As 8-month-old Ishani sits watching a train going round and round, a hidden camera is watching Ishani, tracking her eye movements.
"You can see the baby's eye movements are anticipating the train coming out again," notes Iain Jackson, an assistant at the University of Manchester's "Babylab," in the northwest of England.
And, as CBS News correspondent Richard Roth reports, it's showing she finds something interesting in what she sees. It's measuring her pupils as the train enters the tunnel red, and comes out blue.
"Now pupils are great because they don't lie," said Babylab's director, Sylvain Sirois. "Pupils grow larger when something arouses your interest and in the case of that particular experiment the pupil data is certainly consistent with our minimalist interpretation of babies."
That minimalist interpretation is challenging some modern thinking.
Sirois says the babies are noticing a new color, but insists they don't know enough to find the sudden color change odd.
"I would say that from the get-go, babies don't know anything and that the world is their learning environment and from that they will have to turn themselves into intelligent people," Sirois said. "I'm very much a fan of learning theory."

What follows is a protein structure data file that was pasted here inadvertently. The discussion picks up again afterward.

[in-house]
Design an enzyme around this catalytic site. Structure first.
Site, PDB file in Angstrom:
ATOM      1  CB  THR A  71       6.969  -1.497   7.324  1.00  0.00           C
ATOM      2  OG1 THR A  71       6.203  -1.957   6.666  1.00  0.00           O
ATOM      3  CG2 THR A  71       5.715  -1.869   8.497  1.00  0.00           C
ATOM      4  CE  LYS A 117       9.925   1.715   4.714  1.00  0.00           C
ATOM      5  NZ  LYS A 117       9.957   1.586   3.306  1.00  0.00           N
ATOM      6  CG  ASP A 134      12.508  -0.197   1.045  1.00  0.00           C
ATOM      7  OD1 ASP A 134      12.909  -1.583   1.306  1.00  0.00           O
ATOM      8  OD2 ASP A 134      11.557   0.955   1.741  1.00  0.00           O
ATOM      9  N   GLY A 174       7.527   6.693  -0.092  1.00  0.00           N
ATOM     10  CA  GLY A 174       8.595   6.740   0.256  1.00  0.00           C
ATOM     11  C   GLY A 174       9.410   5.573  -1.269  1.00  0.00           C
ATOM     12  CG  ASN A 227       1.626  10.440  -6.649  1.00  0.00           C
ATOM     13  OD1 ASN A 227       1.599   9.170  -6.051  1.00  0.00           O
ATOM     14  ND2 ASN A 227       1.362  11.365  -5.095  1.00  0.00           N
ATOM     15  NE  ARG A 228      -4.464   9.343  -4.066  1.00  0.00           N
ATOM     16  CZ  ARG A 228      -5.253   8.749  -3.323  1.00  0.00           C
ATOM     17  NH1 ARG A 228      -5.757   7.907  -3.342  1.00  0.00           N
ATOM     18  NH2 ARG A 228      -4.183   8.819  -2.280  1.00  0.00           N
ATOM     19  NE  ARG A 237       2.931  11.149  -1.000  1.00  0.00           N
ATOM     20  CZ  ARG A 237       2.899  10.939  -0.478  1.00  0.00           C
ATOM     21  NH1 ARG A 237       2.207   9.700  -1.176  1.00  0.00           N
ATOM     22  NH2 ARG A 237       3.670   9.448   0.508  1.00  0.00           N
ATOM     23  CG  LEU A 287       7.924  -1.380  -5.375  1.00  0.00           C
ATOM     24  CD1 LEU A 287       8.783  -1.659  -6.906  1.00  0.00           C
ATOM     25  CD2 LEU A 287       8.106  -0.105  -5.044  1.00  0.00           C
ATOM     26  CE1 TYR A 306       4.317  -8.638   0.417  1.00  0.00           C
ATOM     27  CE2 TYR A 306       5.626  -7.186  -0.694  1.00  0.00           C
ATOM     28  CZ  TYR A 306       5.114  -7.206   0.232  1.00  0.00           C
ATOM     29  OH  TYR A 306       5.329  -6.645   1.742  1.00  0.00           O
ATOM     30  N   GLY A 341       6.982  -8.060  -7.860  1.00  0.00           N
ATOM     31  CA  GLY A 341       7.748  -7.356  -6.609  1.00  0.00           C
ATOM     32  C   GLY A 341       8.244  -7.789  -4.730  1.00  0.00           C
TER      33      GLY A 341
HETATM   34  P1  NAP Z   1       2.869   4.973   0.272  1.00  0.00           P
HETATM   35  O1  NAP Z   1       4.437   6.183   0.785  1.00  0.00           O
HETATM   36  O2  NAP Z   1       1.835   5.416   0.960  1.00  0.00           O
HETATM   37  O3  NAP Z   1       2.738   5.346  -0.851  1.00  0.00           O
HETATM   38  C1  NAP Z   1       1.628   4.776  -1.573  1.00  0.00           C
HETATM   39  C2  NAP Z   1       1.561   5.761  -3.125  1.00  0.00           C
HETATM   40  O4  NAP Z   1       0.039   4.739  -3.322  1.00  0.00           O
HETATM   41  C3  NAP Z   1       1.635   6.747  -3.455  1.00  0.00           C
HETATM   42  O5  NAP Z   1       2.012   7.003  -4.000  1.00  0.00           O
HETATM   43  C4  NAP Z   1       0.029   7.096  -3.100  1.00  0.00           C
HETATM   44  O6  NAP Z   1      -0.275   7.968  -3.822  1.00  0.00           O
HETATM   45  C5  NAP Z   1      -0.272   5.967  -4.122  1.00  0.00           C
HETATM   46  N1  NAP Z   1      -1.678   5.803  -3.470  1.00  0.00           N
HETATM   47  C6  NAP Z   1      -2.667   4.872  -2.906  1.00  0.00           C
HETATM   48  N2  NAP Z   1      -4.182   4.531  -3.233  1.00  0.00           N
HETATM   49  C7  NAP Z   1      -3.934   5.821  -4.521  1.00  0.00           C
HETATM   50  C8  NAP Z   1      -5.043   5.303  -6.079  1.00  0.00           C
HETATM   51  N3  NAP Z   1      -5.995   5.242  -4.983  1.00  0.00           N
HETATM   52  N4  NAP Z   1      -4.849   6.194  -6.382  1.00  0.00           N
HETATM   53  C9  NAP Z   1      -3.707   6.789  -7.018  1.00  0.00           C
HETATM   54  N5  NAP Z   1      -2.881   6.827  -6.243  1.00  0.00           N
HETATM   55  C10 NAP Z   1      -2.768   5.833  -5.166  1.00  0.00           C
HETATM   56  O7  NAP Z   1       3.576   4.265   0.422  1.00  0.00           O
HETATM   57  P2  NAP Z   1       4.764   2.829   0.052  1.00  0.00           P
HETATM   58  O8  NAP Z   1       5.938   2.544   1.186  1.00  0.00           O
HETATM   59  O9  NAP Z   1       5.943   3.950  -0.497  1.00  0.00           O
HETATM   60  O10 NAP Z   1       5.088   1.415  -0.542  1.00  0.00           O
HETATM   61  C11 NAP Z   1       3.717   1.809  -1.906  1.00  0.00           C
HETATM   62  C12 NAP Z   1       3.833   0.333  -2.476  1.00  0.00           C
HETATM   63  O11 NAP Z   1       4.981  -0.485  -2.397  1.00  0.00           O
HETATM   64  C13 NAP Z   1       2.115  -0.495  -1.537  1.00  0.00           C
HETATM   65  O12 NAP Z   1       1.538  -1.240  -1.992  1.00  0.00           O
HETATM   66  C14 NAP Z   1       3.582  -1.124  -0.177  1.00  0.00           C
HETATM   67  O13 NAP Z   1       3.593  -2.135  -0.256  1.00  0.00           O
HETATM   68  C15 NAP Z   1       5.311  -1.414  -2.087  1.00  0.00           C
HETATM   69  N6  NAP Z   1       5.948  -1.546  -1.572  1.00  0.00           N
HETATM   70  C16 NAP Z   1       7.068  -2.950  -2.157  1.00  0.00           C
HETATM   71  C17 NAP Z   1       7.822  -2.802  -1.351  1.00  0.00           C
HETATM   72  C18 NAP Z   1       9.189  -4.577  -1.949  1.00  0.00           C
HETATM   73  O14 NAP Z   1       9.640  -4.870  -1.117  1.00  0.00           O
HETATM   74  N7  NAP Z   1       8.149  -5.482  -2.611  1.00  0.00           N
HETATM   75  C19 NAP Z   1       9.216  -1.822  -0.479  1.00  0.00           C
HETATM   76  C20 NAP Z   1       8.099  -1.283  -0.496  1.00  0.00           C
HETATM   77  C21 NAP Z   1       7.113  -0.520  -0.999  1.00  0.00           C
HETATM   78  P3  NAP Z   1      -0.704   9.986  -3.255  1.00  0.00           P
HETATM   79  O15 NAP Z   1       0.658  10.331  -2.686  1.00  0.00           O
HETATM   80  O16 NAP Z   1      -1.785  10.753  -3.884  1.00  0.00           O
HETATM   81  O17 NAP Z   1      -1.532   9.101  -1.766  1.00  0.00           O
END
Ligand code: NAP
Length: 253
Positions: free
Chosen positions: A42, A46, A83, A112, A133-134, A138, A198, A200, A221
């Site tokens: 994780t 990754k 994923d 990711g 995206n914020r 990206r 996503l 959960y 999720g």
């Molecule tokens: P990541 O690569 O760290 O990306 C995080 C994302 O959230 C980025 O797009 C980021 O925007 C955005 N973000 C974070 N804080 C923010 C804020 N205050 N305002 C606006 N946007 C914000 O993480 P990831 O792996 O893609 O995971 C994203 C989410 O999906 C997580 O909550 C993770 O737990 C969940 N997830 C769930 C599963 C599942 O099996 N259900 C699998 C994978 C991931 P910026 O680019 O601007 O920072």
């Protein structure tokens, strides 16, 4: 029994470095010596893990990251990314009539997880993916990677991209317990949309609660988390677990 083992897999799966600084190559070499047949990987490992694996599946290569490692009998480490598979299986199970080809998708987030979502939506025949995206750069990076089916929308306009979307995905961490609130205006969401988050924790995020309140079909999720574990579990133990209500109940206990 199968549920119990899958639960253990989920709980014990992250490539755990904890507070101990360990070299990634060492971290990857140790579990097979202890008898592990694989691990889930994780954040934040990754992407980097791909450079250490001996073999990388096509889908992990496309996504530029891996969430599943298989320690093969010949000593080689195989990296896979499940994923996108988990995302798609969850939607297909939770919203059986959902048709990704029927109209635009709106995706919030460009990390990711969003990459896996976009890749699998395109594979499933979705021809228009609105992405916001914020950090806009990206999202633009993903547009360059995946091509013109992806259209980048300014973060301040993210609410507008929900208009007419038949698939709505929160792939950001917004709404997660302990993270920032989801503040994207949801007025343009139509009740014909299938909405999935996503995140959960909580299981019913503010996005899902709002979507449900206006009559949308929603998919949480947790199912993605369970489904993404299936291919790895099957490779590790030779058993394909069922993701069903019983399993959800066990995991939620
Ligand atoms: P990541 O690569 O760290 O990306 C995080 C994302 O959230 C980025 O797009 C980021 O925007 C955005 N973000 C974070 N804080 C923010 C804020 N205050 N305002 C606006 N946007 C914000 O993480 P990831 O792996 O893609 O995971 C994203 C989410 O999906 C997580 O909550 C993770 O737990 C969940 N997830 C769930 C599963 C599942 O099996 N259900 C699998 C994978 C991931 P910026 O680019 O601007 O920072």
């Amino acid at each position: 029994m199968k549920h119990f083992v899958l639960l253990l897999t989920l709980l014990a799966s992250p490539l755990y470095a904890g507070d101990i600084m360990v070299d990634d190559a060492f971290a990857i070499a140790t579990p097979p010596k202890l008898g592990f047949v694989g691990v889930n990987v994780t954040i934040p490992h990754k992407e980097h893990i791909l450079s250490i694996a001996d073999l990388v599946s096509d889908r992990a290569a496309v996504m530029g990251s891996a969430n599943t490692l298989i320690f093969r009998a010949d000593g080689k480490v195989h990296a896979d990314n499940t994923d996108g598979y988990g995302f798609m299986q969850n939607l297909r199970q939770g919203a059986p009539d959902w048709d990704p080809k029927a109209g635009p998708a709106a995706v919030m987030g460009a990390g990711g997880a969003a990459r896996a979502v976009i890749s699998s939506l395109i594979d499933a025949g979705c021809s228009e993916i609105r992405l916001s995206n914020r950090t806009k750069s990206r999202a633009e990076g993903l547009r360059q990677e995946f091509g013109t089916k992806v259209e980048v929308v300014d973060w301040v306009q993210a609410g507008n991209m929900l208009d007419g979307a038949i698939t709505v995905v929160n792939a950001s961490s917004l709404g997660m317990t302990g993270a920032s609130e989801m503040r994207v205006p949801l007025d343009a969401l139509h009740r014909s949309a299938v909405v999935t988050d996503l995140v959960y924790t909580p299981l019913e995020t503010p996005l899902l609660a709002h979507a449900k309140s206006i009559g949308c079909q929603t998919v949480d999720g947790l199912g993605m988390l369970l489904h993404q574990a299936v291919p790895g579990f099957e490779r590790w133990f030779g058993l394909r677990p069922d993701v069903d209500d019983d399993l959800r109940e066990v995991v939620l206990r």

But more modern research has suggested infants may be innately "smart," born with the ability to understand something about gravity, for instance, or that an object can still exist, even when it can't be seen.
According to Sirois, that's misreading the babies' minds.
"There's a difference between saying they don't know much and have to learn everything and saying they're dumb," Sirois said. "I wouldn't frame it as dumb so much as naive."
The fact is, scientists argue as much as the rest of us over just how much babies know and when they know it.
Though it's hardly surprising, parents tend to side with the "smart baby" theory.
"She knows a lot more than we think she does," one mother said of her infant.
She likes going to Starbucks and I sit with her in front and read the Times and she likes to read it, only because it's black and white," another mother says. "I don't think she can actually read the newspaper."
But who knows? Surprises from baby labs like this may eventually influence the sort of advice parents get about nurturing development, about learning, about playing. The sort of advice, it turns out, almost everyone wants.
"I work on babies, but as a parent I'm as helpless as the next one," Sirois said. "But what we do know from research and so forth is that babies are very good at telling us when they like something and when they don't like something. So if you are keen about stimulating your baby in an optimal fashion just pay attention to your baby, which is probably what you do already."
These psychologists are doing that by watching the infants' eyes. Parents, of course, find their own ways to read the minds of babies too young to talk.
"I find myself thinking — what is SHE thinking — more than anything," one mother attests.
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